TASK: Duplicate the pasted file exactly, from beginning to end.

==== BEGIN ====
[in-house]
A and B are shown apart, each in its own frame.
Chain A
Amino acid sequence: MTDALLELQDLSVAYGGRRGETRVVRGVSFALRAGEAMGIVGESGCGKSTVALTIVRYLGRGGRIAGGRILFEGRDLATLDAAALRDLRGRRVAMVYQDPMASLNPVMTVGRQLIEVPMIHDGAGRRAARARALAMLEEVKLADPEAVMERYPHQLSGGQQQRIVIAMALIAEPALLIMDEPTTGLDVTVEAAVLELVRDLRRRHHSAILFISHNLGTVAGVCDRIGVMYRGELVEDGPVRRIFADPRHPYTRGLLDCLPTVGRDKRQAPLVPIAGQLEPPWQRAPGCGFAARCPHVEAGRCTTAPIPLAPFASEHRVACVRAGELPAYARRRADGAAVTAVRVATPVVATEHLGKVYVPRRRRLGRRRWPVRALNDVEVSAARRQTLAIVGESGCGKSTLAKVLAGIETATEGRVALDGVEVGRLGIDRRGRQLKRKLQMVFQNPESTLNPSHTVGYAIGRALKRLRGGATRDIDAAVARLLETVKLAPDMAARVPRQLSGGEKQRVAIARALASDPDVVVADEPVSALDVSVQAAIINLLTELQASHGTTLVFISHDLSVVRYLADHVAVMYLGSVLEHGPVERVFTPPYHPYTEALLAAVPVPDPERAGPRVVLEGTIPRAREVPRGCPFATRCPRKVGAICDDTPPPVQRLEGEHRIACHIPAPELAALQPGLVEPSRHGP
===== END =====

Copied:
[in-house]
A and B are shown apart, each in its own frame.
Chain A
Amino acid sequence: MTDALLELQDLSVAYGGRRGETRVVRGVSFALRAGEAMGIVGESGCGKSTVALTIVRYLGRGGRIAGGRILFEGRDLATLDAAALRDLRGRRVAMVYQDPMASLNPVMTVGRQLIEVPMIHDGAGRRAARARALAMLEEVKLADPEAVMERYPHQLSGGQQQRIVIAMALIAEPALLIMDEPTTGLDVTVEAAVLELVRDLRRRHHSAILFISHNLGTVAGVCDRIGVMYRGELVEDGPVRRIFADPRHPYTRGLLDCLPTVGRDKRQAPLVPIAGQLEPPWQRAPGCGFAARCPHVEAGRCTTAPIPLAPFASEHRVACVRAGELPAYARRRADGAAVTAVRVATPVVATEHLGKVYVPRRRRLGRRRWPVRALNDVEVSAARRQTLAIVGESGCGKSTLAKVLAGIETATEGRVALDGVEVGRLGIDRRGRQLKRKLQMVFQNPESTLNPSHTVGYAIGRALKRLRGGATRDIDAAVARLLETVKLAPDMAARVPRQLSGGEKQRVAIARALASDPDVVVADEPVSALDVSVQAAIINLLTELQASHGTTLVFISHDLSVVRYLADHVAVMYLGSVLEHGPVERVFTPPYHPYTEALLAAVPVPDPERAGPRVVLEGTIPRAREVPRGCPFATRCPRKVGAICDDTPPPVQRLEGEHRIACHIPAPELAALQPGLVEPSRHGP